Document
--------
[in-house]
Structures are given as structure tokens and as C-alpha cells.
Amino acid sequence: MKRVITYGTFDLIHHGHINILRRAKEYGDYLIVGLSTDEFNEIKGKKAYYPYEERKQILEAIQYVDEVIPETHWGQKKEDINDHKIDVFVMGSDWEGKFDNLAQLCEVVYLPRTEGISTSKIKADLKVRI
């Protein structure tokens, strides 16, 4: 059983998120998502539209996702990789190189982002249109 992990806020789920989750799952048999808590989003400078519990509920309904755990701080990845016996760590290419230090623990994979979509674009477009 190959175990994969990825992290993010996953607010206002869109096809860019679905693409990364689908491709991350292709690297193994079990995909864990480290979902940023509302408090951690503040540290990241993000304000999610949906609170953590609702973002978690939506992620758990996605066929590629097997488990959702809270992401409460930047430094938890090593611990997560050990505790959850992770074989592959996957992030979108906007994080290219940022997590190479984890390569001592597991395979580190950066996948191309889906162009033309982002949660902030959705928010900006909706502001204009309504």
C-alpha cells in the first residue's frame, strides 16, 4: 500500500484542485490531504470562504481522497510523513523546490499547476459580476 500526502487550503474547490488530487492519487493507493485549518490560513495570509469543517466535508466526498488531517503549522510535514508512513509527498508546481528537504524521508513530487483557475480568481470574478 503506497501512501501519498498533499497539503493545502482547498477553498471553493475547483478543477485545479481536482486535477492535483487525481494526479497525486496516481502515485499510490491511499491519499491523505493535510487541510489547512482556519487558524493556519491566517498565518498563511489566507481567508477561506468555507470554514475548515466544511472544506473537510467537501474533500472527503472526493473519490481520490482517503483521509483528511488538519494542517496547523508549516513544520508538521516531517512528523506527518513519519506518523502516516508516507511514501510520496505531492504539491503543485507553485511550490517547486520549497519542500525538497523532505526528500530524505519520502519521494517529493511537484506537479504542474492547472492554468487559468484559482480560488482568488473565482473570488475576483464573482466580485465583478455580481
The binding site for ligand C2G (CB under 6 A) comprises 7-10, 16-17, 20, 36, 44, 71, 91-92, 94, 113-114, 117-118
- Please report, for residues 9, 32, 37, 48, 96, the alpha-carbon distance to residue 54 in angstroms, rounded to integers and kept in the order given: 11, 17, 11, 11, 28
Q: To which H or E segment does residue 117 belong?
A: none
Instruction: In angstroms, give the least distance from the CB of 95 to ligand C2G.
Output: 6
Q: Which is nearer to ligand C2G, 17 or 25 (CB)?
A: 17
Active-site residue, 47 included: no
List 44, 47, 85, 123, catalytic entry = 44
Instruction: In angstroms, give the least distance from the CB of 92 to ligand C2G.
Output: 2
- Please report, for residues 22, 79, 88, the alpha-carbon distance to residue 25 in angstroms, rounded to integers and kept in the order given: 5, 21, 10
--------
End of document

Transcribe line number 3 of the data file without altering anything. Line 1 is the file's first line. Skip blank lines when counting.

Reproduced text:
Amino acid sequence: MKRVITYGTFDLIHHGHINILRRAKEYGDYLIVGLSTDEFNEIKGKKAYYPYEERKQILEAIQYVDEVIPETHWGQKKEDINDHKIDVFVMGSDWEGKFDNLAQLCEVVYLPRTEGISTSKIKADLKVRI